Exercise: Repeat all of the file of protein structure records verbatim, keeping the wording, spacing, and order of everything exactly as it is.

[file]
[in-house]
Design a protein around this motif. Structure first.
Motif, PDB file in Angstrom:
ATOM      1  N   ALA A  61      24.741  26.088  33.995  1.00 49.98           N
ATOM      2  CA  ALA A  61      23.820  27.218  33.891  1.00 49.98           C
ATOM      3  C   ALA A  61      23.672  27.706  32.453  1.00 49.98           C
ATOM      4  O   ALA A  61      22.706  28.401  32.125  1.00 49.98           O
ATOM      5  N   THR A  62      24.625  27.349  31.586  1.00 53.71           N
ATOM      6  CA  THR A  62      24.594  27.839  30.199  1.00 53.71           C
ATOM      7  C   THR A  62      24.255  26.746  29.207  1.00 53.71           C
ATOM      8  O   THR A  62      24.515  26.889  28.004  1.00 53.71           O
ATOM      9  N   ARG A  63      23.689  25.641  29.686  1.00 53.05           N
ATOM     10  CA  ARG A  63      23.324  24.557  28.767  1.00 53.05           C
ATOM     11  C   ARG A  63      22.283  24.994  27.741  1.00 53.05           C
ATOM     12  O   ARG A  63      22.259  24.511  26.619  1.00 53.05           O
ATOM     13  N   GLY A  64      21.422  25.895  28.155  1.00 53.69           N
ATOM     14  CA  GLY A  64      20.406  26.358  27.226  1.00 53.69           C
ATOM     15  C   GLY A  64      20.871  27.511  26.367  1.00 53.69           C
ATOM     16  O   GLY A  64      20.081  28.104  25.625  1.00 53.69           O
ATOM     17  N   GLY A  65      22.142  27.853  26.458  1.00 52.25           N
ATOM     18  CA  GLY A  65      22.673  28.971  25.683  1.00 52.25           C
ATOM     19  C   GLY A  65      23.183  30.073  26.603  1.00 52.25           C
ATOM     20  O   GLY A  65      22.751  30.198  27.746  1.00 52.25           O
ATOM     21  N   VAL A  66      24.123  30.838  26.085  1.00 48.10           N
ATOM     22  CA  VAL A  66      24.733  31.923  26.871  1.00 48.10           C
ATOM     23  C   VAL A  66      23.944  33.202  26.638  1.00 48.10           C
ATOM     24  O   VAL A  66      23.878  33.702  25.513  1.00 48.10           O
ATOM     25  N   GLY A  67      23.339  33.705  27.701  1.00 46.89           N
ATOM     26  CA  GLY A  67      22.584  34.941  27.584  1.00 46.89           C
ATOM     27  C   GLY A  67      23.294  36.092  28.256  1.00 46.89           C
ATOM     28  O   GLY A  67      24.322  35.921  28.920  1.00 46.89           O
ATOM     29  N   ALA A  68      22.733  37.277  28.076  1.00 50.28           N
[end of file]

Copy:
[in-house]
Design a protein around this motif. Structure first.
Motif, PDB file in Angstrom:
ATOM      1  N   ALA A  61      24.741  26.088  33.995  1.00 49.98           N
ATOM      2  CA  ALA A  61      23.820  27.218  33.891  1.00 49.98           C
ATOM      3  C   ALA A  61      23.672  27.706  32.453  1.00 49.98           C
ATOM      4  O   ALA A  61      22.706  28.401  32.125  1.00 49.98           O
ATOM      5  N   THR A  62      24.625  27.349  31.586  1.00 53.71           N
ATOM      6  CA  THR A  62      24.594  27.839  30.199  1.00 53.71           C
ATOM      7  C   THR A  62      24.255  26.746  29.207  1.00 53.71           C
ATOM      8  O   THR A  62      24.515  26.889  28.004  1.00 53.71           O
ATOM      9  N   ARG A  63      23.689  25.641  29.686  1.00 53.05           N
ATOM     10  CA  ARG A  63      23.324  24.557  28.767  1.00 53.05           C
ATOM     11  C   ARG A  63      22.283  24.994  27.741  1.00 53.05           C
ATOM     12  O   ARG A  63      22.259  24.511  26.619  1.00 53.05           O
ATOM     13  N   GLY A  64      21.422  25.895  28.155  1.00 53.69           N
ATOM     14  CA  GLY A  64      20.406  26.358  27.226  1.00 53.69           C
ATOM     15  C   GLY A  64      20.871  27.511  26.367  1.00 53.69           C
ATOM     16  O   GLY A  64      20.081  28.104  25.625  1.00 53.69           O
ATOM     17  N   GLY A  65      22.142  27.853  26.458  1.00 52.25           N
ATOM     18  CA  GLY A  65      22.673  28.971  25.683  1.00 52.25           C
ATOM     19  C   GLY A  65      23.183  30.073  26.603  1.00 52.25           C
ATOM     20  O   GLY A  65      22.751  30.198  27.746  1.00 52.25           O
ATOM     21  N   VAL A  66      24.123  30.838  26.085  1.00 48.10           N
ATOM     22  CA  VAL A  66      24.733  31.923  26.871  1.00 48.10           C
ATOM     23  C   VAL A  66      23.944  33.202  26.638  1.00 48.10           C
ATOM     24  O   VAL A  66      23.878  33.702  25.513  1.00 48.10           O
ATOM     25  N   GLY A  67      23.339  33.705  27.701  1.00 46.89           N
ATOM     26  CA  GLY A  67      22.584  34.941  27.584  1.00 46.89           C
ATOM     27  C   GLY A  67      23.294  36.092  28.256  1.00 46.89           C
ATOM     28  O   GLY A  67      24.322  35.921  28.920  1.00 46.89           O
ATOM     29  N   ALA A  68      22.733  37.277  28.076  1.00 50.28           N